Friday, August 07, 2009
Of course, that may not matter so much, because winning the game of baseball requires scoring runs, and right now, that does not seem to be Boston's specialty. They can get men on base - Chamberlain gave up seven walks, for crying out loud, and didn't have a 1-2-3 inning all night - but scoring them seems to be another matter. To put it another way, the telling numbers for the Boston offense last night were not the eight hits, twelve walks (twelve!), or six runs, but the fifteen men left on base and the .143 (3 for 21) batting average with runners in scoring position. In the end, I had to turn the game off before it was over, because as it turns out, the only thing more frustrating than watching your team get shut down by superior pitching is to watch them squander scoring opportunities like a compulsive gambler burning through his kid's college fund.
As for Smoltz, I'm sympathetic to the pleas for his removal from the rotation, but who, exactly, is going to pitch in his place? The only non-used starter on the 40 man roster who seems remotely qualified is Michael Bowden, who's pitching well in Pawtucket, but isn't exactly tearing things up in a way that suggests he'd be an instant hit in the majors. Paul Byrd seems a more likely successor, but 38-year-old pitchers who haven't thrown all year can't just dive right into professional competition. By trading away Masterson and relying on Smoltz to pull through, the Sox have made their bed - let's just hope that if that bed is as full of broken glass as it seems, it doesn't cut us too much.
Thursday, August 06, 2009
There's a sense of panic in the press about the state of the back 3/5ths rotation, with quotes like "a 2-5 record and 7.74 ERA in its past three trips through the rotation" being bandied about like they're signs of the Apocalypse. If there's another Boston Massacre this weekend those fears could - could - be justified, but right now they're just short sighted, for a few reasons:
- The problem isn't Penny (or even Buchholz, who's had one terrible start, one shortened start, and two quality starts) so much as it is Smoltz. Penny's started 21 games this season; he's given up five runs or more four times, and he's had two starts where he's pitched less than five innings. Remembering that he's both an experiment on the cheap and a fourth or fifth starter, I can't see any reason to complain about what he's brought to the table this year. Last night was just a poorly-timed deviation from the pattern. Smoltz, on the other hand, has only given up less than five runs on two out of his seven starts, and those were against the AAAA teams in KC and Baltimore. Unlike Penny, he's also had almost no run support, so his bad days look that much worse.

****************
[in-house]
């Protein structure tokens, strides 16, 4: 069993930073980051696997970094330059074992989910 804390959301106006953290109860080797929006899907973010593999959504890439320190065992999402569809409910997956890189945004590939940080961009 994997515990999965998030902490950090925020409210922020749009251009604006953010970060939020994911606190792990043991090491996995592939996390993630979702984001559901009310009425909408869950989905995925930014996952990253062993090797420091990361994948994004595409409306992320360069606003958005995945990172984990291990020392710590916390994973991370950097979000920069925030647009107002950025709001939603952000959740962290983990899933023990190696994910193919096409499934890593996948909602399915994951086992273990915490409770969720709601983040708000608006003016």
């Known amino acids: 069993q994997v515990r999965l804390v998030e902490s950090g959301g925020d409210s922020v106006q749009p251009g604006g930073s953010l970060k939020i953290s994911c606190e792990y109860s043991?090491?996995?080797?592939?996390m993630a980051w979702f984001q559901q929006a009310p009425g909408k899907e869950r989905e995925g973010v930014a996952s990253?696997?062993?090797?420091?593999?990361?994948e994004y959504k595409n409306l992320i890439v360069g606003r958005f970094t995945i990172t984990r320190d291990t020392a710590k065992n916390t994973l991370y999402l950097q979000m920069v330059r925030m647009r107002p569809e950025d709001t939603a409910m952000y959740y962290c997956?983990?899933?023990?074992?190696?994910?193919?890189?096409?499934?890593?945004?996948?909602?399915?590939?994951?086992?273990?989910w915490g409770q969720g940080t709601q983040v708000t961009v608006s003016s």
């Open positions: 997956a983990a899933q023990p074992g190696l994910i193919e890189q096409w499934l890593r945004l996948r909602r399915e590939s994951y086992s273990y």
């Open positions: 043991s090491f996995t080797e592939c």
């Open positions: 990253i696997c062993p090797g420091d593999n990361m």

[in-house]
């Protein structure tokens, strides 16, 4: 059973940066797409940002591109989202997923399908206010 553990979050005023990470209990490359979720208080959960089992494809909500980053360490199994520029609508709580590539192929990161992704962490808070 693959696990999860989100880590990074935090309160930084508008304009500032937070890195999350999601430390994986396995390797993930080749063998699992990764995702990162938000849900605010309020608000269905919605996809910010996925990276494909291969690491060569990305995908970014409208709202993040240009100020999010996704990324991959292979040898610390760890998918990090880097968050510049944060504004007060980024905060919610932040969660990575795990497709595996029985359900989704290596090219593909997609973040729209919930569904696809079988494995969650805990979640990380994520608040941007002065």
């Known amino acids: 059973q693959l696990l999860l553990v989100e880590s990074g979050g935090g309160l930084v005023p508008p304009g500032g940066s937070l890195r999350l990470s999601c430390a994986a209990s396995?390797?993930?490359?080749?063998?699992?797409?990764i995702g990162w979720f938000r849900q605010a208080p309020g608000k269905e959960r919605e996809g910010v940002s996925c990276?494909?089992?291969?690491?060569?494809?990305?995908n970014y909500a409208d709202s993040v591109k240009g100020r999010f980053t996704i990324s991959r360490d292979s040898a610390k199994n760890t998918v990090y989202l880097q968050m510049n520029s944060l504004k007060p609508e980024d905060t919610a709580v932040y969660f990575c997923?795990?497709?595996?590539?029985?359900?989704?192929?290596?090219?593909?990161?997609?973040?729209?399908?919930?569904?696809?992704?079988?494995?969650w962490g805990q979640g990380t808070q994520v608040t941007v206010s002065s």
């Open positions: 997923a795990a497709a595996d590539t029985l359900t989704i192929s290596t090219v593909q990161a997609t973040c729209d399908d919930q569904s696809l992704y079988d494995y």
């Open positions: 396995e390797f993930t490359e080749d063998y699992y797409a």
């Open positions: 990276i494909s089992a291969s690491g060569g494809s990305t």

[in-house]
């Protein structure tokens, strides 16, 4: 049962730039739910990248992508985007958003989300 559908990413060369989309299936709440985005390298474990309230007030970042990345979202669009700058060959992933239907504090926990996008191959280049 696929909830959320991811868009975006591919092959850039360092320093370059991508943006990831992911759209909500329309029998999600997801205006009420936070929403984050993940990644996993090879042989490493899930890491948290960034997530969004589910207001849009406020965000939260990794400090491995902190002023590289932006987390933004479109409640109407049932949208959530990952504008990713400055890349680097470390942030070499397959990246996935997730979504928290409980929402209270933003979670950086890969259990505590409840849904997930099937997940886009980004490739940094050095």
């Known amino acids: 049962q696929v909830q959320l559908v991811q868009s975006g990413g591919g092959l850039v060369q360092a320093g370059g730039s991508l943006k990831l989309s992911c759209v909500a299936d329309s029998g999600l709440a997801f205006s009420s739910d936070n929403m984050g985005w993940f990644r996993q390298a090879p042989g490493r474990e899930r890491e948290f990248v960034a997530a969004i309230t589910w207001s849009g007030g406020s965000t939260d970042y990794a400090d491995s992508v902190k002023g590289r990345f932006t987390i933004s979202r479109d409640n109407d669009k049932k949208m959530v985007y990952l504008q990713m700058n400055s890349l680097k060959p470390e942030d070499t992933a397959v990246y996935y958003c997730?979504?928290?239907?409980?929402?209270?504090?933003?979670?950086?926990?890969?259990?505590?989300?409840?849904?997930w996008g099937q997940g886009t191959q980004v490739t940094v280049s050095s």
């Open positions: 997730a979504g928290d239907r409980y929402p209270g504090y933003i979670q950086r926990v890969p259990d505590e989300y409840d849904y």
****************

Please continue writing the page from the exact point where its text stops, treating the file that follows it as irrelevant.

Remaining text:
- Experiments or no, imagine how bad things would be if the Sox hadn't signed Penny and Smoltz now that injuries have put us in our time of need: we'd been looking at 2006 all over again, with the corresponding overexposure of young talent unprepared for the big stage. I'd much rather have veterans like Penny and Smoltz out on the mound than watch the Sox bring up Bowden a year or two too early or try to convert Bard into a starter mid-year. These guys were hired to be insurance and they're providing it, much like Paul Byrd will be if his climb up from the minors proves successful.
- Wakefield and Matsuzaka might not be on the world's fastest healing schedules, but it's likely they'll be back before the season is over. It sucks that they're both out at such a critical time in the season, but I think - and yes, I'm about to concede the title to the East - that the Sox have the ability to hang on long enough to take the Wild Card. Time to step things up, boys. Let's start with taking down Cletus the Hutt tonight.
Wednesday, August 05, 2009
A few days ago, Bob Ryan wrote a column demanding that the Players Association end the Steroid Era by releasing The List in its entirety. His motives - and the point of this post is not to question Ryan's motives, so I'll accept them at face value - were pure: that disembodied concept known as The Game will never recover from the scandal of PEDs if the names of those unfortunate enough to test positive keep leaking out in a slow drip for years to come, much as they've done since The List's compilation in 2003. To wit:
The union should be taking the lead, the idea being that the cleaner the public believes the game to be, the better life will be in every way for its members. The Players Association should be lending its support to any effort that would catch the cheaters. It is completely in its best interests.
All parties involved should be united in the desire to protect a precious asset - the game of baseball. Baseball has survived assorted crises in more than a century and a half and should be able to survive this one, too. But like many other good things in our society, its day-to-day greatness is sometimes overwhelmed by an aberrant negative occurrence.
Yesterday, Hank Aaron echoed Ryan's call for a release of names and his sentiments about the release being necessary in an interview with the AP and I started to wonder if anyone voicing these sentiments had really contemplated the logistics of such an action. After all, there are some pretty thorny issues at stake.